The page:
23 june 2013

India counts cost of ‘Himalayan tsunami’ as flood toll climbs

By Amy Kazmin in New Delhi, The Financial Times, June 23 2013

Authorities struggled to reach survivors in India’s flood-battered northern state of Uttarakhand amid bad weather that has hampered rescue efforts, while the state’s chief minister warned the death toll would exceed 1,000 after a “Himalayan tsunami” of flood waters.

India’s annual monsoon rains hit Uttarakhand two weeks ahead of schedule last Sunday, and with unusual ferocity. Flash floods and landslides flattened the boomtown surrounding the centuries old Kedarnath Shrine and washed away or buried buildings in numerous towns and villages.

After a week struggling to rescue tens of thousands of devout Hindu pilgrims across a vast mountainous area whose roads and communications have been all but destroyed, the scale of the disaster is only now becoming clear.

Indian army units and the state administration at the weekend raced to rescue an estimated 22,000 people, and airdrop food and supplies to others, before another fierce downpour, which was expected to hit the region on Sunday night. But authorities said they had to suspend helicopter operations on Sunday afternoon due to dense fog and renewed rain.

Each year the beautiful Himalayan region draws tens of thousands of religious pilgrims from across India, especially during May and June, normally the peak of the north India’s blistering summer heat. Uttarakhand has some of the country’s most sacred sites, from the holy Ganges river itself to shrines believed to be the home of powerful Hindu deities.

But this year many visitors’ spiritual pilgrimages have ended in disaster and death.

Officials say at least 664 people are confirmed dead. But Vijay Bahugana, the state’s chief minister, said late on Saturday night that the final toll from the disaster – which he has described as a “Himalayan tsunami” – will exceed 1,000, though it would likely take weeks to assess the complete toll from the tragedy.

Survivors who have returned home have begun sharing their tales of horror, including watching family members washed away by the raging waters and trying to hike to safety through corpse strewn river valleys.

Analysts say the tragedy was the result of a confluence of factors. The ecologically sensitive region has seen uncontrolled development, including along rivers, as local people have built hotels and other infrastructure for increasingly affluent Indians now able to afford pilgrimages that would have once seemed a distant dream.

The number of visitors to the remote Kedarnath Shrine – which is 11,000 feet above sea level and requires either an arduous trek or a helicopter ride to reach – increased from less than 87,000 in 1987 to nearly 600,000 last year. The Himalayan region has also seen a spate of hydropower construction projects and worsening deforestation, which critics say exacerbate the impact of extreme rains.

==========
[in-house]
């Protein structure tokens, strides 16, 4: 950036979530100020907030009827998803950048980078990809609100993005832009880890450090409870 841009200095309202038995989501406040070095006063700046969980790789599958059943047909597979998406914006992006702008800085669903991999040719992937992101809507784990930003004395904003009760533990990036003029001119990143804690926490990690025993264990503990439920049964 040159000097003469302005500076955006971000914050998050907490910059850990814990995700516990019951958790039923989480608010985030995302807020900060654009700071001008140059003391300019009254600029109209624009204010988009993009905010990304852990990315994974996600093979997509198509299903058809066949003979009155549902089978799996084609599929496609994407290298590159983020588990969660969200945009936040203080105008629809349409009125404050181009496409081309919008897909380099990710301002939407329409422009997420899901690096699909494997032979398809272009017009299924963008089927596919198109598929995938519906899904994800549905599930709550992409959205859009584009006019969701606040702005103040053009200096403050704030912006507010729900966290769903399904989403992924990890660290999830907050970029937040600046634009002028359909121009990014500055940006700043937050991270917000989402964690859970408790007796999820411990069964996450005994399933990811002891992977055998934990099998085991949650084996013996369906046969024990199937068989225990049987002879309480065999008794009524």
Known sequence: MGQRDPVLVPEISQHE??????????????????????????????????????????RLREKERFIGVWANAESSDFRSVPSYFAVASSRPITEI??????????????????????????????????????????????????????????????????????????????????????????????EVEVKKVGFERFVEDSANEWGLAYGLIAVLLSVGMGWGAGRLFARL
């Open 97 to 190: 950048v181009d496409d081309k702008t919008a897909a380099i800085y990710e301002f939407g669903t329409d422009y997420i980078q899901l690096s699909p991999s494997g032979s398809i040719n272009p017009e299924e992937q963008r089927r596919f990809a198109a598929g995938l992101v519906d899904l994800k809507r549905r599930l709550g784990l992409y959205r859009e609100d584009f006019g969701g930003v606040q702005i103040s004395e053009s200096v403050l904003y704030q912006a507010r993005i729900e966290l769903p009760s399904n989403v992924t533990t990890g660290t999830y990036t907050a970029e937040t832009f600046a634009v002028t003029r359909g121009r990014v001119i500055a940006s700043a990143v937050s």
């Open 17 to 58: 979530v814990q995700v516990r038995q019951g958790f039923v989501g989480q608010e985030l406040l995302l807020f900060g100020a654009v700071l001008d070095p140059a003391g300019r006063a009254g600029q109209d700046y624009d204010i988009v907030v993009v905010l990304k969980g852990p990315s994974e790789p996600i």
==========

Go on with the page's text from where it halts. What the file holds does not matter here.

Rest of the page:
“Normal and period climatic events have been converted into man-made disasters, with man coming to colonise the flood plains and fragile river valleys and slopes in the hills with impunity,” Manoj Misra, an environmental activist, wrote in The Hindu newspaper on Sunday.

India is experiencing increasing volatility in its annual monsoon rains. Their unusually early arrival over Uttarakhand, and the heavier than normal rainfall, this year caught out many pilgrims, who would normally avoid visiting the mountains during the rainy season, and the government.

The volatility of the monsoon is likely to increase as a result of global warming, scientists say, with more variable timing of their onset and withdrawal, more extreme patterns of precipitation, and higher levels of rain compressed into shorter time spans followed by longer periods with no rain.

“I am not saying that this incident is the result of human-induced climate change,” says Rajendra Pachauri, head of the Energy and Resources Institute in New Delhi and chairman of the Intergovernmental Panel on Climate Change. “But I would say that this is an example of the kind of event that you are going to see in much greater frequency and intensity in the future.”

The tragedy has highlighted the need for India to improve its disaster management efforts, critics say. Many stranded pilgrims and anxious relatives awaiting their safe arrival have also complained about the slow pace of rescue and relief effort, saying they are being charged exorbitant rates for tiny quantities of food.

Sushil Kumar Shinde, India’s home minister, admitted that the government rescue effort had been hit by a lack of co-ordination by different agencies involved in the process.

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